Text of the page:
SE-0195 — Introduce User-defined "Dynamic Member Lookup" Types


(Ted Kremenek) #1

The review of “SE-0195 — Introduce User-defined “Dynamic Member Lookup” Types” begins now and runs through January 29, 2018.

The proposal is available here:

https://github.com/apple/swift-evolution/blob/master/proposals/0195-dynamic-member-lookup.md

Reviews are an important part of the Swift evolution process. All review feedback should be either on this forum thread or, if you would like to keep your feedback private, directly to the review manager. When emailing the review manager directly, please keep the proposal link at the top of the message.

What goes into a review of a proposal?

The goal of the review process is to improve the proposal under review through constructive criticism and, eventually, determine the direction of Swift.

When reviewing a proposal, here are some questions to consider:

  • What is your evaluation of the proposal?

  • Is the problem being addressed significant enough to warrant a change to Swift?

  • Does this proposal fit well with the feel and direction of Swift?

  • If you have used other languages or libraries with a similar feature, how do you feel that this proposal compares to those?

  • How much effort did you put into your review? A glance, a quick reading, or an in-depth study?

Thanks,

Ted Kremenek

Review Manager


[Accepted] SE-0195 — Introduce User-defined "Dynamic Member Lookup" Types
[Accepted in principle — review extended] SE-0195 — Introduce User-defined "Dynamic Member Lookup" Types
New "Unevaluated" type for Decoder to allow later re-encoding of data with unknown structure
(Chris Lattner) #2

Thanks Ted! One additional request for the discussion: this proposal has benefited from many rounds are extensive discussion in the pitch phase, and much of that feedback and alternatives considered are incorporated into the proposal. I’d really appreciate it if reviewers would take a look at the new proposal - even if you’ve looked at it before - since it has evolved quite a bit over time.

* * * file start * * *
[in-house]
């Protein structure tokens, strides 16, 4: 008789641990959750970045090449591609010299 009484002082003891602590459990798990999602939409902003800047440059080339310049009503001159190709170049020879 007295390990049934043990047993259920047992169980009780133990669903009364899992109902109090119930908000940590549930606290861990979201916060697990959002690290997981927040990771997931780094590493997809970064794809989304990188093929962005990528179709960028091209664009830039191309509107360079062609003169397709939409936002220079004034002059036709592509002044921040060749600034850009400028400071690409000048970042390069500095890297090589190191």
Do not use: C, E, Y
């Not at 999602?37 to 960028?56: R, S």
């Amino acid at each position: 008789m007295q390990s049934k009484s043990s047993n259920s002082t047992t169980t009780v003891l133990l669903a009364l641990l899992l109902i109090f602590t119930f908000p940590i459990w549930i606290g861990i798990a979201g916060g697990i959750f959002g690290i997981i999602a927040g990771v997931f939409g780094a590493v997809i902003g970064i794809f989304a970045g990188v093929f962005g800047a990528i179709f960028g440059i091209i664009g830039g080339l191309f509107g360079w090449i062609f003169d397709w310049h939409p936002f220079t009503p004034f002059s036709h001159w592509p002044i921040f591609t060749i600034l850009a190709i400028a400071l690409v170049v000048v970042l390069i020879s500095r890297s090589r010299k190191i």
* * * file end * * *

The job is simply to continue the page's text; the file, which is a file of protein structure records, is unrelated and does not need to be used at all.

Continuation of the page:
In particular, in the pitch phase several people were concern about potential abuse of the feature. The proposal specifically provides several ways to “dial it back” in the alternatives section, so if that is your concern, please +1 one of those alternatives in your feedback.

Thank you!

-Chris


(Erik Little) #3

What is your evaluation of the proposal?

Huge +1 on this.

Is the problem being addressed significant enough to warrant a change to Swift?

Yes, I believe that in order to truly make it pleasant to interface with dynamic languages we need to be able to reference members that may have been attached dynamically in a way that is natural in Swift. Otherwise the interface (like the example in the proposal) is less than ideal, and the chances of winning over people from these libraries is much less.

Does this proposal fit well with the feel and direction of Swift?

Yes. Much of the discussion around this (and the related protocol) was around possible abuse of these features. And while there is always the possibility of abuse, this feature does not bring in a dynamic typing model that many people seemed to be worried about. This proposal is fully in line with Swift’s type system and thus is no worse than typing everything with Any

If you have used other languages or libraries with a similar feature, how do you feel that this proposal compares to those?

I’ve used Scala’s implementation, and this proposal is very much in-line. Both allow for expressivity of dynamic language models, as well as the possibility of other interesting uses.

How much effort did you put into your review? A glance, a quick reading, or an in-depth study?

I’ve followed this proposal from the start.

Kudos to @Chris_Lattner3 for driving this forward


(Georgios Moschovitis) #4

What is your evaluation of the proposal

+1 I would love to use Python scientific libraries through Swift. Moreover, I like the JSON use case.

Does this proposal fit well with the feel and direction of Swift?

Yes, the proposed design seems rather ‘Swifty’ to me. Also, I would like to see Swift ‘regaining’ some of the dynamism of Obj-C.

How much effort did you put into your review?

I read the proposal.

-g.